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representing partner at hearing

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I dont want my partner to be at any hearing relating to her case, can I just turn up on their befalf on the day or do I need to inform the court?

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Going to court can be a daunting experience for anyone. It is possible to have someone attend with you and there are three types of representation, other than a solicitor:



1.A Litigation Friend is a person who acts on behalf of someone incapable of representing themselves, ie a child or patient. He issues the claim and, in their absence, presents the claim in court on their behalf.



2.A Lay Representative can represent anyone in court as long as the claimant is also presenting court on the day. The claim must be issued in the claimants name and all documents must be signed by the claimant.


In theory you don't have to give the court notice, just inform the court usher on arrival at court. But you can always mention this in 'Other Information' in the AQ or send a brief letter to the court once you have a hearing date. Permission is at the discretion of the court, but is usually granted.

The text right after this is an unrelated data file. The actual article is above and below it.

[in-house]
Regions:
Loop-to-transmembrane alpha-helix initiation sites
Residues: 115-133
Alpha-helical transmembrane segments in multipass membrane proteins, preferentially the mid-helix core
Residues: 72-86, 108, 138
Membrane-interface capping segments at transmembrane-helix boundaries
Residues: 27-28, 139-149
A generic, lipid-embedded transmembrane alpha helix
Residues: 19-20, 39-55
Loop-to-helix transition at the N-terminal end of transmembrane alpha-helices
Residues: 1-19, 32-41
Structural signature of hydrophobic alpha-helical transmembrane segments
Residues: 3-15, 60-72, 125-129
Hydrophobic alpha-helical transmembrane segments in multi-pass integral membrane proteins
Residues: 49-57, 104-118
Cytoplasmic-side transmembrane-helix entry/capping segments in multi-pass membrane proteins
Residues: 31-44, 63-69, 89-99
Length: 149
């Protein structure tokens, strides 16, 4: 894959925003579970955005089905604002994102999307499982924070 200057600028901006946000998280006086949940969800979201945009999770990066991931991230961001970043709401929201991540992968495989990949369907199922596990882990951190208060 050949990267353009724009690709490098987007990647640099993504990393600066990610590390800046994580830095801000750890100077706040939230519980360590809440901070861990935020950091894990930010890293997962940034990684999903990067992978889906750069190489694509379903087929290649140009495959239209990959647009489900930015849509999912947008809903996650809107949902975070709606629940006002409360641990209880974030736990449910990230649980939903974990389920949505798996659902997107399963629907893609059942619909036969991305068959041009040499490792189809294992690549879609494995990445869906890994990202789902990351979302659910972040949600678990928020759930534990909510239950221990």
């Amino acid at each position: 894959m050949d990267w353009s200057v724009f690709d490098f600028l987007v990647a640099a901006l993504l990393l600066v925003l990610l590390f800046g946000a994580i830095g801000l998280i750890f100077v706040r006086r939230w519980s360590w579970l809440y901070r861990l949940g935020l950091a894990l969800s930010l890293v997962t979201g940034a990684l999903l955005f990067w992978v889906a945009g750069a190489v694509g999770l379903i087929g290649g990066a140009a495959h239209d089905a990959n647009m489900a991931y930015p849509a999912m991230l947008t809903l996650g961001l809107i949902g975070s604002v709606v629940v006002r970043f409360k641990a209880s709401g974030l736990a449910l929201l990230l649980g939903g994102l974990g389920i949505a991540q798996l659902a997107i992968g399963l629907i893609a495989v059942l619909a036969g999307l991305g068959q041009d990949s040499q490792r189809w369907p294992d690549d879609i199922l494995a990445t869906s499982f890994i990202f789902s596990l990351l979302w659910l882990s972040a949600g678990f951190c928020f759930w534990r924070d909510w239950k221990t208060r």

A lay representative may, on application and with the court’s permission, conduct the case without the claimant being present. But this is extremely rare and there would have to be exceptional circumstances.



3.A 'Mackenzie Friend' can accompany a claimant and be present to advise him during the hearing, but cannot address the court themselves.


Looks like your partner would have to attend even if she doesn't speak.

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I helped out in a case where my "friend" turned up but developed an ear infection; I was then allowed to conduct the case for him.


Perhaps your partner also suffers from acute Otitis media? ;-)

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Hi Hedman87


I've just read your thread, and as I've posted the following info on 2 other threads this morning, I thought I'd copy it to you as well just in case you hadn't already seen them ;)



I hope you don't think I'm trying to tell you how to suck eggs with this first link which I had saved for my own use;



The second one by CAGger nick20045 may be more useful as it quotes a case law which expressly permits a LiP to be represented by their OH or a close relative;






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